Since its inception, one of the hallmarks of quality social studies education has been deliberation. In ideal conditions, deliberation allows students to engage in civic decision-making and helps prepare them for life in a pluralistic society.
However, we do not always live in ideal conditions. Throughout U.S. history, there have been efforts to stifle certain topics in schools, and increasingly, teachers are pressed to teach "both sides" of issues that are either settled or promote injustice.
As such, scholars have begun taking a more critical look at deliberation. This curated collection showcases some of the best research on deliberation and the teaching of controversial/political issues over the past few years. All articles are FREE ACCESS for a limited time!
"From deliberation to counter-narration: Toward a critical pedagogy for democratic citizenship" by Melissa Gibson (Volume 48, Issue 3) https://doi.org/10.1080/00933104.2020.1747034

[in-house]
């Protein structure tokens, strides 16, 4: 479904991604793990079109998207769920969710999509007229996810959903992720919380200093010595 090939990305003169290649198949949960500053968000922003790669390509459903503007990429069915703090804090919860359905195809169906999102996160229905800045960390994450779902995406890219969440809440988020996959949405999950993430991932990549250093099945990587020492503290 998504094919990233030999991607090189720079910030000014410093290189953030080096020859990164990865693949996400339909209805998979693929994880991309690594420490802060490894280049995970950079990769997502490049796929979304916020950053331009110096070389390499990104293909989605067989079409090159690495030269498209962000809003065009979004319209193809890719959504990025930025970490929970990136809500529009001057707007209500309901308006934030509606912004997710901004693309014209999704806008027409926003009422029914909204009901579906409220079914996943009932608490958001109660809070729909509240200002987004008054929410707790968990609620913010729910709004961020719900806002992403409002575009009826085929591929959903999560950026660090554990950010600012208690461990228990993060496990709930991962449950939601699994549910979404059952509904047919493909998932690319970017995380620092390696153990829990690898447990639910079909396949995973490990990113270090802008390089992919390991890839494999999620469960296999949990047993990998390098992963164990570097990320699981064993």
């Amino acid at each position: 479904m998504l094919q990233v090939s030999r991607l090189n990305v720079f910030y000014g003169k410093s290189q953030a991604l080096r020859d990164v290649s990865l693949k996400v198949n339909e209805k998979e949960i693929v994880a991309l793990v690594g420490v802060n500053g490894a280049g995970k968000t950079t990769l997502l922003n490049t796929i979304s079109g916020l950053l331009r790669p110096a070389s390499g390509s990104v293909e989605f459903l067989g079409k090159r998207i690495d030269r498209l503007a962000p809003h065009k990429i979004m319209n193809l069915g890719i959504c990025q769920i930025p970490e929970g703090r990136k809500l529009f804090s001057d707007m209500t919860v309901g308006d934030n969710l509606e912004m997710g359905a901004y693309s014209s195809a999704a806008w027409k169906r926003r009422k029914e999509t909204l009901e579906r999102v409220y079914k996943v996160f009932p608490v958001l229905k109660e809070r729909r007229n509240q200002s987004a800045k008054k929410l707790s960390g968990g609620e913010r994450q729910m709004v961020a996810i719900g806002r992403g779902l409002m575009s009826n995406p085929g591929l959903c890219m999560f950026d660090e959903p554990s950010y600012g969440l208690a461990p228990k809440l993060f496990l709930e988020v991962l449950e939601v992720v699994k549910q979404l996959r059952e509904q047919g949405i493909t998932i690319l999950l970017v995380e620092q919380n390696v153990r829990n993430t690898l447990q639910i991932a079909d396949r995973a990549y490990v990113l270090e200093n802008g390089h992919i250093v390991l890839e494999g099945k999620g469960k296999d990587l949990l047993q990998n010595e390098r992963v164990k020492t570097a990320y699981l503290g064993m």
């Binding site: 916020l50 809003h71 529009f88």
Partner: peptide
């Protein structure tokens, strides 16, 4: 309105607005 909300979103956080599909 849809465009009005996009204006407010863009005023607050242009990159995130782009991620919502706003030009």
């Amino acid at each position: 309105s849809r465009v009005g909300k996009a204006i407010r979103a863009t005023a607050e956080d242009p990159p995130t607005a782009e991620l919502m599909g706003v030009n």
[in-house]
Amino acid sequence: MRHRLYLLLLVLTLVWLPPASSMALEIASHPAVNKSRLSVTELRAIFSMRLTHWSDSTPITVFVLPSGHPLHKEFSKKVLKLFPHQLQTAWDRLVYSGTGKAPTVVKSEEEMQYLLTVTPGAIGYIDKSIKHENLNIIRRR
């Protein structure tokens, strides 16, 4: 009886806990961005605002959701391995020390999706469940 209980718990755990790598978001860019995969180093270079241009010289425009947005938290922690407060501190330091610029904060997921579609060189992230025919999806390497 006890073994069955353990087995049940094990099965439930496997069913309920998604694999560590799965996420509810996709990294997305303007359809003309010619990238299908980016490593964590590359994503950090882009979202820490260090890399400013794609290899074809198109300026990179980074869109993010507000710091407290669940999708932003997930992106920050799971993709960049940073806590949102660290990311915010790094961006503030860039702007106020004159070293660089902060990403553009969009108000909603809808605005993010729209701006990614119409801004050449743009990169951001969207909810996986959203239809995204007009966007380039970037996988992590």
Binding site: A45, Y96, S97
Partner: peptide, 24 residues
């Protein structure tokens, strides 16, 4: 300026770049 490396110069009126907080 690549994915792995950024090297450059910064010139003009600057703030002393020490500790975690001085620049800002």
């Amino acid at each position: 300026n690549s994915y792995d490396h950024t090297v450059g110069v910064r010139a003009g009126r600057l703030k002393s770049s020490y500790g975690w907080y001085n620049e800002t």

"Deliberation can wait: How civic litigation makes inquiry critical" by Mark Hlavacik & Daniel Krutka (Volume 49, Issue 3) https://doi.org/10.1080/00933104.2021.1933665
"The tradition of classroom deliberation and the evasion of racial justice as a social issue, 1916-1966" by Thomas Fallace (Volume 50, Issue 1) https://doi.org/10.1080/00933104.2021.1967822
"Teacher political disclosure in contentious times: A 'responsibility to speak up' or 'fair and balanced'?" by Rebecca Geller (Volume 48, Issue 2) https://doi.org/10.1080/00933104.2020.1740125
"Navigating identity as a controversial issue: One teacher's disclosure for critical empathic reasoning" by Jenni Conrad (Volume 48, Issue 2) https://doi.org/10.1080/00933104.2019.1679687
"Cultivating empathic listening in democratic education" by Molly Andolina & Hilary Conklin (Volume 49, Issue 3) https://doi.org/10.1080/00933104.2021.1893240
Wayne Journell Curriculum and Instruction
Univ of North Carolina at Greensboro